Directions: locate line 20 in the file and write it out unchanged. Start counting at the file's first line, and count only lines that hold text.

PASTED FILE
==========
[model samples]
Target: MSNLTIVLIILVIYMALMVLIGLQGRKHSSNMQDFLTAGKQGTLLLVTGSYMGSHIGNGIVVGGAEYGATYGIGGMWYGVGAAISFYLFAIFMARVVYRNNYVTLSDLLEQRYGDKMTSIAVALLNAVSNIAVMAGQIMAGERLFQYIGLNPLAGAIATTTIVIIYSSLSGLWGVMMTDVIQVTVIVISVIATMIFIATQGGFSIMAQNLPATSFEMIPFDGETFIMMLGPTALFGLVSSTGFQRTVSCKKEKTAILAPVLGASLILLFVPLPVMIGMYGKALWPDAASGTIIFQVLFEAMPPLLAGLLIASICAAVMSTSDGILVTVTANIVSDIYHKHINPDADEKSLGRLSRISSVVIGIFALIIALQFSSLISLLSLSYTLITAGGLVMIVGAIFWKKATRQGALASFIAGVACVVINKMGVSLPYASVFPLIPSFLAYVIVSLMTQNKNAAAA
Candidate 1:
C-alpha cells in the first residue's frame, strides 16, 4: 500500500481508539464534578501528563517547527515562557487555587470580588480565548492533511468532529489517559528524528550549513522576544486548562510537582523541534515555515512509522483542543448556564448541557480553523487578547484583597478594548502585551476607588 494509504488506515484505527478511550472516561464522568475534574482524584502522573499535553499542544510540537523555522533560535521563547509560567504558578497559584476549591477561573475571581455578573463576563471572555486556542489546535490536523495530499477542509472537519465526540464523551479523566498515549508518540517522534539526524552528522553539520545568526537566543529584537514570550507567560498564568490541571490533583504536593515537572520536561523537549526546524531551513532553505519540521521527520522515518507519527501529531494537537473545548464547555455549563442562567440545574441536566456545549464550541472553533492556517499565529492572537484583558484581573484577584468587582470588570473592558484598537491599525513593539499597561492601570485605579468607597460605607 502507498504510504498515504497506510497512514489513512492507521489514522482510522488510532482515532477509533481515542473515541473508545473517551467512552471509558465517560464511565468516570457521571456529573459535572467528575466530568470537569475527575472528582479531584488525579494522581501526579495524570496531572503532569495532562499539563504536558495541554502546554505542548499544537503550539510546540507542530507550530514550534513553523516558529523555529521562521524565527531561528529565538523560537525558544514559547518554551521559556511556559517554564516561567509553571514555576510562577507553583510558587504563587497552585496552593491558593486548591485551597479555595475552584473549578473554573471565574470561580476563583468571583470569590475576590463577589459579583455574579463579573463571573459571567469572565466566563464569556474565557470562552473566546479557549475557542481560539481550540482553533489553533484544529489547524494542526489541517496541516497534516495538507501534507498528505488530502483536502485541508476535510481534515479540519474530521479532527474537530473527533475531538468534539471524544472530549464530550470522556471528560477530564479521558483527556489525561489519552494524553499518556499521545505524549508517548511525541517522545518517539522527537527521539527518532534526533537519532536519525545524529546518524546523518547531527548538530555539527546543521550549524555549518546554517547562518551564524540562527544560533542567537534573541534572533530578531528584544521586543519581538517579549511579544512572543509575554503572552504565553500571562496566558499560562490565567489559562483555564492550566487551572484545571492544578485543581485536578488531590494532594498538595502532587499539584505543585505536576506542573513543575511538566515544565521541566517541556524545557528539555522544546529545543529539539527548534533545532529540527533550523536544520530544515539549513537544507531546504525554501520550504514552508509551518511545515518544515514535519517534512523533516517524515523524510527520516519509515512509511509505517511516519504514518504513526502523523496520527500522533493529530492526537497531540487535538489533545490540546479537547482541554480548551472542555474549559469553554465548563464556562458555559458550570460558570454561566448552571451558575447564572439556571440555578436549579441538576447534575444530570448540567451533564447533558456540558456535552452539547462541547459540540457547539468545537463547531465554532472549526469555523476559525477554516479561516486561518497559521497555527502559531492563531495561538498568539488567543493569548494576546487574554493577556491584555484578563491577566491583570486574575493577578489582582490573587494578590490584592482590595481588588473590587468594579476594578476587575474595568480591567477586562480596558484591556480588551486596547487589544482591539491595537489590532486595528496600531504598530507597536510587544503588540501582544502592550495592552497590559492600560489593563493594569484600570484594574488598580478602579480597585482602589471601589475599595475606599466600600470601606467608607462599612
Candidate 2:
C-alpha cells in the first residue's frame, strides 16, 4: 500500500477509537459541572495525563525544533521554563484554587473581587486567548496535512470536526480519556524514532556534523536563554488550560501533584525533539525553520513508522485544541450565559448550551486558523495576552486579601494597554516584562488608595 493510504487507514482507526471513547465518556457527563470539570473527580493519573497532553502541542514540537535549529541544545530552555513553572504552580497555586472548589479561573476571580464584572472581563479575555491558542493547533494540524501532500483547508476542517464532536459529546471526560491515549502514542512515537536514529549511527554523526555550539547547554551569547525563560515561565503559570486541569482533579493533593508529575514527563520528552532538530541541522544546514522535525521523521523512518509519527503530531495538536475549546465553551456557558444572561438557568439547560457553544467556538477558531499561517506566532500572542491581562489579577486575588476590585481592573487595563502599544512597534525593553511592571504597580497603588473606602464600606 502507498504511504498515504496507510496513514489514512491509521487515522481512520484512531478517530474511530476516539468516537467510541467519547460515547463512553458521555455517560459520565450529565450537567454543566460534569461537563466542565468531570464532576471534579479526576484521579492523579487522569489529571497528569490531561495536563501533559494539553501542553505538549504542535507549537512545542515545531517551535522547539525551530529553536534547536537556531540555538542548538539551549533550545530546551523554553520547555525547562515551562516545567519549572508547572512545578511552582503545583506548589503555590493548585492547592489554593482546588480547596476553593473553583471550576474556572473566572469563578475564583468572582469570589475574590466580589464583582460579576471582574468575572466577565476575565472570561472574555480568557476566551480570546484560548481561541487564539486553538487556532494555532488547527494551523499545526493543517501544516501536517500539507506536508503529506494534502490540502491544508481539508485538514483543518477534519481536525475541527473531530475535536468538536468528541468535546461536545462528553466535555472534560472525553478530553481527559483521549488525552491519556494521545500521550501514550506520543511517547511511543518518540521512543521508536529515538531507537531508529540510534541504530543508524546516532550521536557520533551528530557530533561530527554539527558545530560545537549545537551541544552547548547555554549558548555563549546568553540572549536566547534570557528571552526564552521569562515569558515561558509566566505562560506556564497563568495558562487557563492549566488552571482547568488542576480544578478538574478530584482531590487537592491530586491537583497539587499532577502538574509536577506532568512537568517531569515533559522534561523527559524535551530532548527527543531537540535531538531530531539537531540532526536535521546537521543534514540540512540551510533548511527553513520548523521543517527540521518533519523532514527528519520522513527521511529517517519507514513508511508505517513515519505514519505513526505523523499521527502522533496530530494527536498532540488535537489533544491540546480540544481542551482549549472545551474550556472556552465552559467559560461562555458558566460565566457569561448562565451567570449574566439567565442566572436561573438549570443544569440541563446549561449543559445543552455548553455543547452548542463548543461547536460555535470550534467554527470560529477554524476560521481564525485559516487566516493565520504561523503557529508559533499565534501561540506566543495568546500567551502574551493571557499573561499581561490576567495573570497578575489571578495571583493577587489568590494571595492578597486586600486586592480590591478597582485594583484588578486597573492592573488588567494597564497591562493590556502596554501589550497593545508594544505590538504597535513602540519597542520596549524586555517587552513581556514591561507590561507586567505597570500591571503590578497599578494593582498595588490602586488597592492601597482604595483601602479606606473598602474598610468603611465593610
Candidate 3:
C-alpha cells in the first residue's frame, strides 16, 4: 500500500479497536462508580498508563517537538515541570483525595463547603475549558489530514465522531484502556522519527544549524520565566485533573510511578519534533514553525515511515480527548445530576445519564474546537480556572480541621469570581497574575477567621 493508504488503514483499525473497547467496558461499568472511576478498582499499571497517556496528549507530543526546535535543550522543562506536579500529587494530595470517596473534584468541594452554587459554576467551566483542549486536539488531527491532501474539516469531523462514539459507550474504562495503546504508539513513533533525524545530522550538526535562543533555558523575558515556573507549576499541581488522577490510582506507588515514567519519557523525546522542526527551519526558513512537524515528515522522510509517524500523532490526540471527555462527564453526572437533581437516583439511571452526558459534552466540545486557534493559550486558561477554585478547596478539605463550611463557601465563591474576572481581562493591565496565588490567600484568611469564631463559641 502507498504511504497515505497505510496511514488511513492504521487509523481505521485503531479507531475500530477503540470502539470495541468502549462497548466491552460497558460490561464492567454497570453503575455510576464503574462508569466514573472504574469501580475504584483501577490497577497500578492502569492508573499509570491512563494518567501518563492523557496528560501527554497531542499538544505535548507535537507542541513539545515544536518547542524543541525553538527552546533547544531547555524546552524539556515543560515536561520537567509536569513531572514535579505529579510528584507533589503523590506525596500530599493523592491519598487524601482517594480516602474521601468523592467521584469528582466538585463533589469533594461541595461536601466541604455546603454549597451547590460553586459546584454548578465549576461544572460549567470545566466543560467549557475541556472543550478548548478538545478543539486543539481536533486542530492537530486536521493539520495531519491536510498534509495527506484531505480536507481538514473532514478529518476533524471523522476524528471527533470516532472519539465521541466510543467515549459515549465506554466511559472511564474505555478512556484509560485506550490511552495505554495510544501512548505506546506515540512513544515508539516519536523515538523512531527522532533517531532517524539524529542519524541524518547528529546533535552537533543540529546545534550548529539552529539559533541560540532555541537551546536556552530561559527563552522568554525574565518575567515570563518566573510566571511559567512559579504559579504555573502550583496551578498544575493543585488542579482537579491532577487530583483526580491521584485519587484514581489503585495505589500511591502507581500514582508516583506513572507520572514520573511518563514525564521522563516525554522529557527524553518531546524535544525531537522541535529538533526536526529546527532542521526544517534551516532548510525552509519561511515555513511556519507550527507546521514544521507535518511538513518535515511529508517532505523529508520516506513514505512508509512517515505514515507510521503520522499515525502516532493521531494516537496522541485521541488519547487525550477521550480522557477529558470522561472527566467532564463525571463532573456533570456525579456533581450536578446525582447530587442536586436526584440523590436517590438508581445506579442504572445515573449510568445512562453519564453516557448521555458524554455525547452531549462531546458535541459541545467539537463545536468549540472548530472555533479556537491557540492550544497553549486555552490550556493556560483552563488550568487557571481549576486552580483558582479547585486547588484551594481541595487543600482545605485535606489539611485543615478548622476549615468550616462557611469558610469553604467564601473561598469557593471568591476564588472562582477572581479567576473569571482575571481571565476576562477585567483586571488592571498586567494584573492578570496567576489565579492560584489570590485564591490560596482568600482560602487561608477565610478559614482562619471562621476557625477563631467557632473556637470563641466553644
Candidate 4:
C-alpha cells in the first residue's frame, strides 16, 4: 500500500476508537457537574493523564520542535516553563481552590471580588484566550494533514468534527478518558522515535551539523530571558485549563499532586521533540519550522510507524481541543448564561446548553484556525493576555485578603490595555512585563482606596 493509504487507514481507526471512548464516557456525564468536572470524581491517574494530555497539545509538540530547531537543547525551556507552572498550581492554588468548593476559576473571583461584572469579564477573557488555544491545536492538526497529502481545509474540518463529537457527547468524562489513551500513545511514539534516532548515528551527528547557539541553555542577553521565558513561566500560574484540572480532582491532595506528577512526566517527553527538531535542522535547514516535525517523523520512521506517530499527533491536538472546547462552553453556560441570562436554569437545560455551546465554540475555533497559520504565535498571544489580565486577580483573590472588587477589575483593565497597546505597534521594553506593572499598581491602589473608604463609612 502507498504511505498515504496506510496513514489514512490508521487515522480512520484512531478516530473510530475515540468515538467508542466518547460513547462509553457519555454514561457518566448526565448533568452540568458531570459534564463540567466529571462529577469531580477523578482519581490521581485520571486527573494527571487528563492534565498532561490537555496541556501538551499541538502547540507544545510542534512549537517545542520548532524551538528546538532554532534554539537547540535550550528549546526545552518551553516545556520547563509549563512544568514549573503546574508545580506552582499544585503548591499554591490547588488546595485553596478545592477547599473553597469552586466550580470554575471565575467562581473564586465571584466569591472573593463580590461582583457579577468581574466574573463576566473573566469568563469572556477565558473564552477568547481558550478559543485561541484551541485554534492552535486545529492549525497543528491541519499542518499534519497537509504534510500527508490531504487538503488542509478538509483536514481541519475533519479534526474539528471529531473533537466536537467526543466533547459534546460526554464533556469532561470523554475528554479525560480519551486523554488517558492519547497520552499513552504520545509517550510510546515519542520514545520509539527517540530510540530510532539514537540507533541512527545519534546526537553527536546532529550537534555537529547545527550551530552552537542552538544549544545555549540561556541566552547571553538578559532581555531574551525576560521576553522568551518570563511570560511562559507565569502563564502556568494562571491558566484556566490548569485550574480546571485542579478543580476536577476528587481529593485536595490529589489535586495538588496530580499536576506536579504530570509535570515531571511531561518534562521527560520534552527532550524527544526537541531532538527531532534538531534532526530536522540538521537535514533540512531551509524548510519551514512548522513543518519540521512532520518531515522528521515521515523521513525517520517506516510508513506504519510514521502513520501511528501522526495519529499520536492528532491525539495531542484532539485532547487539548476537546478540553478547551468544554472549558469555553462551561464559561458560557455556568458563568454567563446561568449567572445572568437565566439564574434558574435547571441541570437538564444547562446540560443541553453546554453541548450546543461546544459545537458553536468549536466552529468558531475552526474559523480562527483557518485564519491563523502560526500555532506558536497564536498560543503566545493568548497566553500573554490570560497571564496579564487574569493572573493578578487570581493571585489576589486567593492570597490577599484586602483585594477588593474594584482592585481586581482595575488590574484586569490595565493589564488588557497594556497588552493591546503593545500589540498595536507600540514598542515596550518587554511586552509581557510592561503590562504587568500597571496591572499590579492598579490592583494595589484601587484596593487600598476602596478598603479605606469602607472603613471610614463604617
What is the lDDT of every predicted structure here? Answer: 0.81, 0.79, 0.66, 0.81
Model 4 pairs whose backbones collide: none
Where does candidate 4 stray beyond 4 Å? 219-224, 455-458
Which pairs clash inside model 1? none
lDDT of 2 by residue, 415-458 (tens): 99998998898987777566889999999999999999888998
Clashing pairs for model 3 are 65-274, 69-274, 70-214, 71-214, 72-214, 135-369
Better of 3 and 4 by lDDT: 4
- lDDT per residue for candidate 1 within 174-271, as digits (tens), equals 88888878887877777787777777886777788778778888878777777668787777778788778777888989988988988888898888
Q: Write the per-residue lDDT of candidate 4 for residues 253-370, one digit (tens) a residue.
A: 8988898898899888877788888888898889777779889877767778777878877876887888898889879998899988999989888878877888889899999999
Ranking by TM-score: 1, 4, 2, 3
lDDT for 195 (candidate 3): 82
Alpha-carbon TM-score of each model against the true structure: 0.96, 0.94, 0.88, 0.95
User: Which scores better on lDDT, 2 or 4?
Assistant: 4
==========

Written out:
A: 8988898898899888877788888888898889777779889877767778777878877876887888898889879998899988999989888878877888889899999999